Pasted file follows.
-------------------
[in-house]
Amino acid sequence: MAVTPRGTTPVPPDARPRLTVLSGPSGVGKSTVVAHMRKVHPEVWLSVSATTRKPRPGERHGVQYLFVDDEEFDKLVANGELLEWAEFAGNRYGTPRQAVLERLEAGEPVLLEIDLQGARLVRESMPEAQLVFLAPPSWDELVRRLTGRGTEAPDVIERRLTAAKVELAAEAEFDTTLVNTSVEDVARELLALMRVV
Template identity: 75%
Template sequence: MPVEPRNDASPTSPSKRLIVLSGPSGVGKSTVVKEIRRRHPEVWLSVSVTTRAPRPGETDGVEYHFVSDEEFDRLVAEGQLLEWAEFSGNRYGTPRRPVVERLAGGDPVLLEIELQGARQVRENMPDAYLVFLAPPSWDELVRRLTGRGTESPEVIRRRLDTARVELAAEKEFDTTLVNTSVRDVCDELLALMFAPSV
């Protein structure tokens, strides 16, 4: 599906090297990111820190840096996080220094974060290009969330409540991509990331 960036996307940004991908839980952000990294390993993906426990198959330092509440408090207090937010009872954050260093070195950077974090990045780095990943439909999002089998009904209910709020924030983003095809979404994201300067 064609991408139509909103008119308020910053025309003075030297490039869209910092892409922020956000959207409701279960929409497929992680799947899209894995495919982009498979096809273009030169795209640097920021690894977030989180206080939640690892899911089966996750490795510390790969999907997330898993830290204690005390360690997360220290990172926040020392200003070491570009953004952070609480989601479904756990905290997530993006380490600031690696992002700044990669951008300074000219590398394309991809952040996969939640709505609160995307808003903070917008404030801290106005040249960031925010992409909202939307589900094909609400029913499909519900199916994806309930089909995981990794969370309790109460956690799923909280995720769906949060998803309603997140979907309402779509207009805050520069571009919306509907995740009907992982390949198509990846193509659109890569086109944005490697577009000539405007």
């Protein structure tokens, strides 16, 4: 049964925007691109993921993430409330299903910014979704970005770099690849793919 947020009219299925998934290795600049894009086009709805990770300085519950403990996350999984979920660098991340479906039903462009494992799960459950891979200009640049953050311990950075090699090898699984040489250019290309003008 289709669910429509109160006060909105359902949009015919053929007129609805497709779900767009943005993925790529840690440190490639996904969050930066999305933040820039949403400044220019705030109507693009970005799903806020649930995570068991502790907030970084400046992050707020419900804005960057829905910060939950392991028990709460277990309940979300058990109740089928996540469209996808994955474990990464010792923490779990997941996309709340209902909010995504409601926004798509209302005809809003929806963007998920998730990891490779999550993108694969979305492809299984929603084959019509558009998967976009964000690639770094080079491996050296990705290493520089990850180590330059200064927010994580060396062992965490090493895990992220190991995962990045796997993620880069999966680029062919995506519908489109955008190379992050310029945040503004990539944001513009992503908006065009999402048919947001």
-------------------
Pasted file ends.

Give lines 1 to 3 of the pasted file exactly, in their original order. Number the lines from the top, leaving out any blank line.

[in-house]
Amino acid sequence: MAVTPRGTTPVPPDARPRLTVLSGPSGVGKSTVVAHMRKVHPEVWLSVSATTRKPRPGERHGVQYLFVDDEEFDKLVANGELLEWAEFAGNRYGTPRQAVLERLEAGEPVLLEIDLQGARLVRESMPEAQLVFLAPPSWDELVRRLTGRGTEAPDVIERRLTAAKVELAAEAEFDTTLVNTSVEDVARELLALMRVV
Template identity: 75%